By Vina Medenilla
In two special episodes of AgriTalk 2020, Amy Eguia and Susie Marasigan, both from the Agricultural Training Institute – International Training Center on Pig Husbandry (ATI-ITCPH), demonstrated four different ways to process pork meat.
The processing of embutido, sausage, quick-cured ham, and tapang Taal were shown in the two-part special episode of AgriTalk 2020, a free webinar series presented by Agriculture Magazine and the Department of Agriculture – Agricultural Training Institute (Home of e-Extension in the Philippines).
This article will cover the first two recipes: Embutido and sausage.
Preparing the ingredients of embutido
Eguia shared an abbreviation that pertains to the process. They call it ECS (extender, curing mix, and seasoning), which indicates the sequence of preparing the ingredients of embutido. And CES (curing mix, extender, and seasoning) for the order of processing the embutido itself.
To make embutido, you’ll need a kilo of ground pork (800g lean; 200g back fat). For the extender, mix and dissolve one tablespoon of isolate and carrageenan powder into a half cup of water. The curing mix requires a tablespoon of refined salt, half a teaspoon of curing salt, phosphate, and one-fourth cup of chilled water. Combine the dry ingredients first then pour in the water afterwards and stir the mixture properly.
Next, prepare the seasoning mix. Eguia notes that you can be experimental in making the seasoning mix based on your taste preference. The seasoning mix includes four tablespoons of refined sugar, one and one-fourth teaspoon of black pepper, two tablespoons of pickles, one and one-fourth tablespoon of chopped onions, two tablespoons of raisins, chopped hotdogs, two tablespoons of milk powder, two tablespoons of chopped carrots, and one-fourth cup of grated cheese.
For Eguia, for every 100g of pork intake, our body can get about 50% of daily protein. Pork also contains vitamins A, D, E, K, vitamin B complex, as well as minerals such as zinc, iron, and phosphorus.
Once the ingredients are ready, the first step is curing the meat. Apply the curing mix to the meat and mix it using your hands until all the ingredients are absorbed and incorporated. Make sure that the meat is chilled when processing it to prolong its shelf life. Once the meat texture has turned tacky, pour the extender, blend it, and put the seasoning mix in.
Make sure you mix all the ingredients well. After that, add two fresh eggs, mix, then put two to four tablespoons of potato starch and mix it again.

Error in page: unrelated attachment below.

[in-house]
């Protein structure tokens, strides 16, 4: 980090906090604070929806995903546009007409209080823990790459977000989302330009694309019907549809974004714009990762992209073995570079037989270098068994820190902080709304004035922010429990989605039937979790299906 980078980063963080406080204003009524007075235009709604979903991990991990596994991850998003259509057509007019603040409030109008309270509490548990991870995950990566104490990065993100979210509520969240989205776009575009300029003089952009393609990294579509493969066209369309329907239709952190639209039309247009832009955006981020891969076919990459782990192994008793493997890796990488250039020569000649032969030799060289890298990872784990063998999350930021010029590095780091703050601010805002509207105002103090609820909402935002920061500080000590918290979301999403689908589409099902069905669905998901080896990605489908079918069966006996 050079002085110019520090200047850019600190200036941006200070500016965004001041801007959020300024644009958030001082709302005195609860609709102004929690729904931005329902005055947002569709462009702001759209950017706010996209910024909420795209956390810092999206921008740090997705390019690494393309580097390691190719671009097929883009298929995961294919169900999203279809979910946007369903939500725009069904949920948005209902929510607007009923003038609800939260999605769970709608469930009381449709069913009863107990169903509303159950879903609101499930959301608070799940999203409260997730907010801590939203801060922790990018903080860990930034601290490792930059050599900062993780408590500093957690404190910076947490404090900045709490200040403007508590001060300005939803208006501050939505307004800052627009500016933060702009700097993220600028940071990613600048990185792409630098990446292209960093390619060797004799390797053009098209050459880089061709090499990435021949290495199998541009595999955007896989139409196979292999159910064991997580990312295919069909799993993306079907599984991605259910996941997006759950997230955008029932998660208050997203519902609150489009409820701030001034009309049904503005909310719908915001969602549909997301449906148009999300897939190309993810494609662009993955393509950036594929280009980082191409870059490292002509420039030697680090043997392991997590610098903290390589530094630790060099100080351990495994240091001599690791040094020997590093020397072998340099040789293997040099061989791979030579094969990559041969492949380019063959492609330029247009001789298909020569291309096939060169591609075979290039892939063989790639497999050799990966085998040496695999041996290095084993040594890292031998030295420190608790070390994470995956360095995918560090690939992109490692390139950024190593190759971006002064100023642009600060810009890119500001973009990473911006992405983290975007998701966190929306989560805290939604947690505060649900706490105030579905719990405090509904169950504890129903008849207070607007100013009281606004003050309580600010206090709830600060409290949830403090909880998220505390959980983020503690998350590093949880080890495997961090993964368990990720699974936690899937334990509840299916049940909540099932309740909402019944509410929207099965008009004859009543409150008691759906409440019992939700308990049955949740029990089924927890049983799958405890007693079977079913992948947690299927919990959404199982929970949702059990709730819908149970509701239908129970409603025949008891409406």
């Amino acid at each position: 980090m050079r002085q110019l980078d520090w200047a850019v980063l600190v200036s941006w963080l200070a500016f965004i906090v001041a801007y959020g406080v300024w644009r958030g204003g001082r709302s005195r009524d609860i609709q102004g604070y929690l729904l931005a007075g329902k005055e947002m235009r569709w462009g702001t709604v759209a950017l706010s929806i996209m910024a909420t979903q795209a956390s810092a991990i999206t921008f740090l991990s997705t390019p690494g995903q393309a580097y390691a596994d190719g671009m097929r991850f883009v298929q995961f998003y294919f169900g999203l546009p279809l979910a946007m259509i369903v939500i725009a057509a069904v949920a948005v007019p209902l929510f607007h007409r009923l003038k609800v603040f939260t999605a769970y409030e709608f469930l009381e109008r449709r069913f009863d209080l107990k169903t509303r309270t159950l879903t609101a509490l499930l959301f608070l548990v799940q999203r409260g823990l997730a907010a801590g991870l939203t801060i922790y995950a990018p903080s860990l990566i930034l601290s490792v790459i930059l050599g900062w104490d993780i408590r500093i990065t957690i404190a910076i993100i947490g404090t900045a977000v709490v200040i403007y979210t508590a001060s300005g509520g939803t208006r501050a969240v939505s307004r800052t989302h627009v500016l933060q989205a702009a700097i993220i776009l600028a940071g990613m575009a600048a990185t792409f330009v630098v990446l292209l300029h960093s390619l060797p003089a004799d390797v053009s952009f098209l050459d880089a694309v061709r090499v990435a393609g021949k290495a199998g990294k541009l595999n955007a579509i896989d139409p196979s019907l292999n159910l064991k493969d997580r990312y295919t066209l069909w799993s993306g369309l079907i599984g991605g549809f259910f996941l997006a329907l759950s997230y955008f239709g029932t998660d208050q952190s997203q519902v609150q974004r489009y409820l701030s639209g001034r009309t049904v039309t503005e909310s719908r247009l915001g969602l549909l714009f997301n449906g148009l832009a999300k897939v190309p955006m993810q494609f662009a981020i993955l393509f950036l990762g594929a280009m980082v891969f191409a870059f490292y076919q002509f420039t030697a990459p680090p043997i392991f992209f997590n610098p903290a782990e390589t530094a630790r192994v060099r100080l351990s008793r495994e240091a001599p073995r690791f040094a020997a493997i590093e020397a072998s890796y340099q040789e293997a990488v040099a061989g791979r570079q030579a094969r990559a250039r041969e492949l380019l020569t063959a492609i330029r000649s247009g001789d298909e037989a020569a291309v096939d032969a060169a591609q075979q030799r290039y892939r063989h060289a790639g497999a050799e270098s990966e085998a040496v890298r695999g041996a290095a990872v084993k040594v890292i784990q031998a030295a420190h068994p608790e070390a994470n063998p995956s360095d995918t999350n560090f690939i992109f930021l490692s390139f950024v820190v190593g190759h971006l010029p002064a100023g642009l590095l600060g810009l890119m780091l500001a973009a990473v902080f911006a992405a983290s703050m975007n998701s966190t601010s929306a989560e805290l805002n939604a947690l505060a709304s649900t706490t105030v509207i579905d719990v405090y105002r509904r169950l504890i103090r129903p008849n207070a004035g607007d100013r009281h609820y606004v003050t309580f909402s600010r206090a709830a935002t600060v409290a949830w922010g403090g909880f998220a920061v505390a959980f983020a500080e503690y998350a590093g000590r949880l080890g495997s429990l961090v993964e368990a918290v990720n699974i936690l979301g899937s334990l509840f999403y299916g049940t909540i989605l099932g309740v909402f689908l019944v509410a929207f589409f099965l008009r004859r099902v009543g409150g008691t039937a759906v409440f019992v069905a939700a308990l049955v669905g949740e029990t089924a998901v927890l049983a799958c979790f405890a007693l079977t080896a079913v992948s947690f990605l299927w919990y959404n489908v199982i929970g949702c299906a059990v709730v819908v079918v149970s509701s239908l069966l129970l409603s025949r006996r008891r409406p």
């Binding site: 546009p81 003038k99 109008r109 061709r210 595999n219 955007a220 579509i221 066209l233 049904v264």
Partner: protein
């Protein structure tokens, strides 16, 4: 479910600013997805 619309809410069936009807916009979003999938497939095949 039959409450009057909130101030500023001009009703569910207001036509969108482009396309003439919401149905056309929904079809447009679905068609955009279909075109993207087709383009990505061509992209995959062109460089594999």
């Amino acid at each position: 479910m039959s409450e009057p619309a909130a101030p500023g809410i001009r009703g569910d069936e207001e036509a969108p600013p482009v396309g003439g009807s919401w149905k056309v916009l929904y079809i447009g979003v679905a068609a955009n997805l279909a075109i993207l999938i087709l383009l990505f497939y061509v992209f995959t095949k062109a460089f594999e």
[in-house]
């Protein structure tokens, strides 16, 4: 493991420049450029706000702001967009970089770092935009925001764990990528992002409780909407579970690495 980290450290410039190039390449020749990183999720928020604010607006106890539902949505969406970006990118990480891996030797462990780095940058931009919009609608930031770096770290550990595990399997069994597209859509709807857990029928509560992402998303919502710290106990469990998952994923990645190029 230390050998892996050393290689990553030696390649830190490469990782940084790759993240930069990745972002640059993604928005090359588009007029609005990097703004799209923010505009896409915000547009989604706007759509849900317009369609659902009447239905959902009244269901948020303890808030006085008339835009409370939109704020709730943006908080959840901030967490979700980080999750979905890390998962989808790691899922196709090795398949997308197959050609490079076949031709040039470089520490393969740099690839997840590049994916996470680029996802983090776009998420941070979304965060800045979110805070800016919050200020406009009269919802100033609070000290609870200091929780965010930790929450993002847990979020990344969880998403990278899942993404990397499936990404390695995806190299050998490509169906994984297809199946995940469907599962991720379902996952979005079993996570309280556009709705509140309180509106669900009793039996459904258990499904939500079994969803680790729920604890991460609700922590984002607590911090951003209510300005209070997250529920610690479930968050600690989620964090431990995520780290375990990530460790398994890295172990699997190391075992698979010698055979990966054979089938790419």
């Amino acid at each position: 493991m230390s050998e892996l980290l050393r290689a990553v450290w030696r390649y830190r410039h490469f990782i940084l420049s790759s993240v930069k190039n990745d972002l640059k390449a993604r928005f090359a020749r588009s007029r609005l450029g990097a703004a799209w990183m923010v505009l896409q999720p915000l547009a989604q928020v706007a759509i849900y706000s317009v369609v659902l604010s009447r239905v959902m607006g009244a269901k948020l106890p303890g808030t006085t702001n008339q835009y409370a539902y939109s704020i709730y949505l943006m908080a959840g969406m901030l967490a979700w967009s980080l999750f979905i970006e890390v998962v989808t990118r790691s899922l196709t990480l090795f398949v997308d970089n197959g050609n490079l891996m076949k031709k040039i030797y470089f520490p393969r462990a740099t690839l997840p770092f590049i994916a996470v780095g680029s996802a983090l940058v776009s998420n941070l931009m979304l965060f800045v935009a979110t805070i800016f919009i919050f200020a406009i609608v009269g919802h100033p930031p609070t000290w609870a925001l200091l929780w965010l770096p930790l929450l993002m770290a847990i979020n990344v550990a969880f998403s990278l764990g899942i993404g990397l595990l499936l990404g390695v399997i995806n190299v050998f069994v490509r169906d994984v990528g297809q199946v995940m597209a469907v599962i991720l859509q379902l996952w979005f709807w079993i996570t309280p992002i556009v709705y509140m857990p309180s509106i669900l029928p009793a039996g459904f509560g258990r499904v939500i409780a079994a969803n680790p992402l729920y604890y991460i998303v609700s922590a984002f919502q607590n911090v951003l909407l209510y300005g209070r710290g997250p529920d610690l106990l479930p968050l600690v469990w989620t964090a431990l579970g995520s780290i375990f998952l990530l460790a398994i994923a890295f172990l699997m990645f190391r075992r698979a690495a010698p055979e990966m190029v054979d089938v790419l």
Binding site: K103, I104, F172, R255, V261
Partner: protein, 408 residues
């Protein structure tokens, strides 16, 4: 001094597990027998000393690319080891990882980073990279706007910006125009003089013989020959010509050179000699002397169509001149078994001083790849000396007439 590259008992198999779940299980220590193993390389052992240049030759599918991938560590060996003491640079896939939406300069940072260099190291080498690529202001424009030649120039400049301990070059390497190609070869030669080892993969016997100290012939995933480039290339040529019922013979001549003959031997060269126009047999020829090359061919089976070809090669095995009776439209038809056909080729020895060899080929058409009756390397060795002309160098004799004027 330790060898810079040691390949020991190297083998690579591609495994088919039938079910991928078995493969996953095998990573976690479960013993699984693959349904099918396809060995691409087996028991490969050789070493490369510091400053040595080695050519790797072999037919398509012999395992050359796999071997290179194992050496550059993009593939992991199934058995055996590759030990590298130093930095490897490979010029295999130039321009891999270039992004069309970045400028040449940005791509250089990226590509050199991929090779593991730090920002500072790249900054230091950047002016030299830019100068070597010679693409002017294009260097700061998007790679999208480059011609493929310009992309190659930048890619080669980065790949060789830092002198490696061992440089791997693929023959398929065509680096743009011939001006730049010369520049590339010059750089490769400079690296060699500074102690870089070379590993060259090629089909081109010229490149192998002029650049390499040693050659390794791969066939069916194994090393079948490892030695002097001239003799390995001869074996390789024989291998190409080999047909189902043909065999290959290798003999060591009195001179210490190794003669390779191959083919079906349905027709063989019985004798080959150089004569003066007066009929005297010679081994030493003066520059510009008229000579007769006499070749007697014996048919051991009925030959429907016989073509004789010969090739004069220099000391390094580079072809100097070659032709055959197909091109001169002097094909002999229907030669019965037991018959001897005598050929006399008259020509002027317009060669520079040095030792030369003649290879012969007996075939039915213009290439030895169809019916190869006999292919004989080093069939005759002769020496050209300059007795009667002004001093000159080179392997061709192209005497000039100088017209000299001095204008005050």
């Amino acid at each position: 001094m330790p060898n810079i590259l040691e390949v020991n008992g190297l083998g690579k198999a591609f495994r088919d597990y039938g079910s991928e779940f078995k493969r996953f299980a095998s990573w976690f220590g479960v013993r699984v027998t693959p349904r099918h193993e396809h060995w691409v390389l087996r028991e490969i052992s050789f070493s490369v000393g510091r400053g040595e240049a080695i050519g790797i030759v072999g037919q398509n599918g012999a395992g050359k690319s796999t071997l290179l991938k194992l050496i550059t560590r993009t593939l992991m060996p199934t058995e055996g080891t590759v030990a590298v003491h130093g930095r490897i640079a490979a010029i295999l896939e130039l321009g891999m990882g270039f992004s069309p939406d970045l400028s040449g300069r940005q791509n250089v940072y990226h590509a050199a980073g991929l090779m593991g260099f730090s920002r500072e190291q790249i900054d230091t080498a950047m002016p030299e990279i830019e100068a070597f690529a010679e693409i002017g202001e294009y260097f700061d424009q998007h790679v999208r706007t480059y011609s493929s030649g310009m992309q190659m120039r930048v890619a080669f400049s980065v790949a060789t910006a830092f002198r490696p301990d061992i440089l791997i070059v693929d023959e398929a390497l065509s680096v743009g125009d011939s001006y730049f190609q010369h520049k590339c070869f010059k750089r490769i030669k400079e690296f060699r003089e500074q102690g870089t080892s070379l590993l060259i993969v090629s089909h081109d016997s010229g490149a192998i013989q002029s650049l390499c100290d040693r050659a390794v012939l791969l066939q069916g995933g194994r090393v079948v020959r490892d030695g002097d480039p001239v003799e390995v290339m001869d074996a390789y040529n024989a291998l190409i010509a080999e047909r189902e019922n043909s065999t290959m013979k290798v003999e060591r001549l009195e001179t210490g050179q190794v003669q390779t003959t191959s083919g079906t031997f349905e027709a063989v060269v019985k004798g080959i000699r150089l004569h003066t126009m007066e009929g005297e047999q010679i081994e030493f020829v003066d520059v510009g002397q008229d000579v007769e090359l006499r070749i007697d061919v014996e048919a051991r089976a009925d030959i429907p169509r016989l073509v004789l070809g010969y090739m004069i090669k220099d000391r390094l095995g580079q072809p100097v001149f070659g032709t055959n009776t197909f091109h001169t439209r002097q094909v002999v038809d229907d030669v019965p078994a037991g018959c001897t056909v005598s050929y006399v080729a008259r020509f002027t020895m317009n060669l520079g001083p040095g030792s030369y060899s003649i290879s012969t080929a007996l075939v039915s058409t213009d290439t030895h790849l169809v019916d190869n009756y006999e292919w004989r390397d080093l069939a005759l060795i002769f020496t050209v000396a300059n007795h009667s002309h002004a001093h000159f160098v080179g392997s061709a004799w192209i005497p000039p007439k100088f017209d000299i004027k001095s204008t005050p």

The next step is packaging the embutido using aluminum foil. Rub the butter into the foil so it will be easy to remove after cooking. Banana leaves can also be used. Put a cup of meat into the foil, flatten it, add slices of boiled egg, and roll the foil to form the meat into a cylinder. Don’t forget to leave about an inch or two on both ends. When done, lock the edges of the foil by twisting them shut before steaming the embutido for an hour.
To begin, prepare one kilogram of ground pork (600g lean, 300g fat). In a bowl, combine one-fourth cup of water and half a teaspoon of carrageenan for your extender. Set aside.
Curing mix. For every kilo of meat, you’ll need one tablespoon of salt, half a teaspoon of curing salt, and one-fourth teaspoon of vitamin C powder, and one teaspoon of phosphate dissolved in one-fourth cup of chilled water. As an alternative to vitamin C powder, you can use a 250g tablet of vitamin C. Thoroughly mix the dry ingredients first before pouring the water into the bowl.
Seasoning mix. In a separate container, create the seasoning mix for flavoring. Mix eight tablespoons of sugar, two tablespoons of chopped garlic, two tablespoons of anisado wine, one teaspoon of food color, and a meat enhancer and stir thoroughly.
Curing. Cure the sausage by adding your curing mixture to the meat and mixing it with your hands in a circular motion. Incorporate the extender, followed by the seasoning mix, and continue mixing the meat until the color is balanced. Afterwards, chill the sausage in the refrigerator for a day or two. Otherwise, cure the meat at room temperature for eight to 10 hours. This processed meat can last up to six months.
Casing. After curing, the final step is casing the sausage. Use a funnel to fill the casing with the processed sausage. Once finished, you can cook sausage in different ways such as frying, broiling, or grilling.
With these ideas on meat processing, you can now serve pork in different ways, whether for your household consumption or for a home-based business.
The procedure in making quick-cured ham and tapang Taal will be discussed in the next part of the article.